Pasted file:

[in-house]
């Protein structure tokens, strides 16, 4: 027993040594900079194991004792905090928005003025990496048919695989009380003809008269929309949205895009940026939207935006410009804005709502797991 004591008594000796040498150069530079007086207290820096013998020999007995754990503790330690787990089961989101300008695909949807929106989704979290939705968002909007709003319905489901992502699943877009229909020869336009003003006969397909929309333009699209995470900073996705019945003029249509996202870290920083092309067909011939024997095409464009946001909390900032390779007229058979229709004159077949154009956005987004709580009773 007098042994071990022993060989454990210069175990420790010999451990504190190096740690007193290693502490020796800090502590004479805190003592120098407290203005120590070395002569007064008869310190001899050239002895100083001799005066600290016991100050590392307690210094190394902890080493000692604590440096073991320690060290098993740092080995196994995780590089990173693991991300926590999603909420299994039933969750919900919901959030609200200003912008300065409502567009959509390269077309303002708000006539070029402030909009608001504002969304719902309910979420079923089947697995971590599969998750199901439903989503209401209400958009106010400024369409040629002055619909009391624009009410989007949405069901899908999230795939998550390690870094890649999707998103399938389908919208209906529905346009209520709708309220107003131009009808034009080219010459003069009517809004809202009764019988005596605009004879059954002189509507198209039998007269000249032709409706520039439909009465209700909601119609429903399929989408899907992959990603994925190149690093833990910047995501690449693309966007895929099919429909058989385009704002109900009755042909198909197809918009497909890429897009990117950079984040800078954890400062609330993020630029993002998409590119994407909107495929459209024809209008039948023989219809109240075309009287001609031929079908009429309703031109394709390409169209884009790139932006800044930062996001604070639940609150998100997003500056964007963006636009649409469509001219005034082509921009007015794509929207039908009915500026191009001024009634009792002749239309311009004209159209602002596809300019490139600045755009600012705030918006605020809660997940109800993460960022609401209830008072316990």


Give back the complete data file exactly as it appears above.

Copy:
[in-house]
């Protein structure tokens, strides 16, 4: 027993040594900079194991004792905090928005003025990496048919695989009380003809008269929309949205895009940026939207935006410009804005709502797991 004591008594000796040498150069530079007086207290820096013998020999007995754990503790330690787990089961989101300008695909949807929106989704979290939705968002909007709003319905489901992502699943877009229909020869336009003003006969397909929309333009699209995470900073996705019945003029249509996202870290920083092309067909011939024997095409464009946001909390900032390779007229058979229709004159077949154009956005987004709580009773 007098042994071990022993060989454990210069175990420790010999451990504190190096740690007193290693502490020796800090502590004479805190003592120098407290203005120590070395002569007064008869310190001899050239002895100083001799005066600290016991100050590392307690210094190394902890080493000692604590440096073991320690060290098993740092080995196994995780590089990173693991991300926590999603909420299994039933969750919900919901959030609200200003912008300065409502567009959509390269077309303002708000006539070029402030909009608001504002969304719902309910979420079923089947697995971590599969998750199901439903989503209401209400958009106010400024369409040629002055619909009391624009009410989007949405069901899908999230795939998550390690870094890649999707998103399938389908919208209906529905346009209520709708309220107003131009009808034009080219010459003069009517809004809202009764019988005596605009004879059954002189509507198209039998007269000249032709409706520039439909009465209700909601119609429903399929989408899907992959990603994925190149690093833990910047995501690449693309966007895929099919429909058989385009704002109900009755042909198909197809918009497909890429897009990117950079984040800078954890400062609330993020630029993002998409590119994407909107495929459209024809209008039948023989219809109240075309009287001609031929079908009429309703031109394709390409169209884009790139932006800044930062996001604070639940609150998100997003500056964007963006636009649409469509001219005034082509921009007015794509929207039908009915500026191009001024009634009792002749239309311009004209159209602002596809300019490139600045755009600012705030918006605020809660997940109800993460960022609401209830008072316990």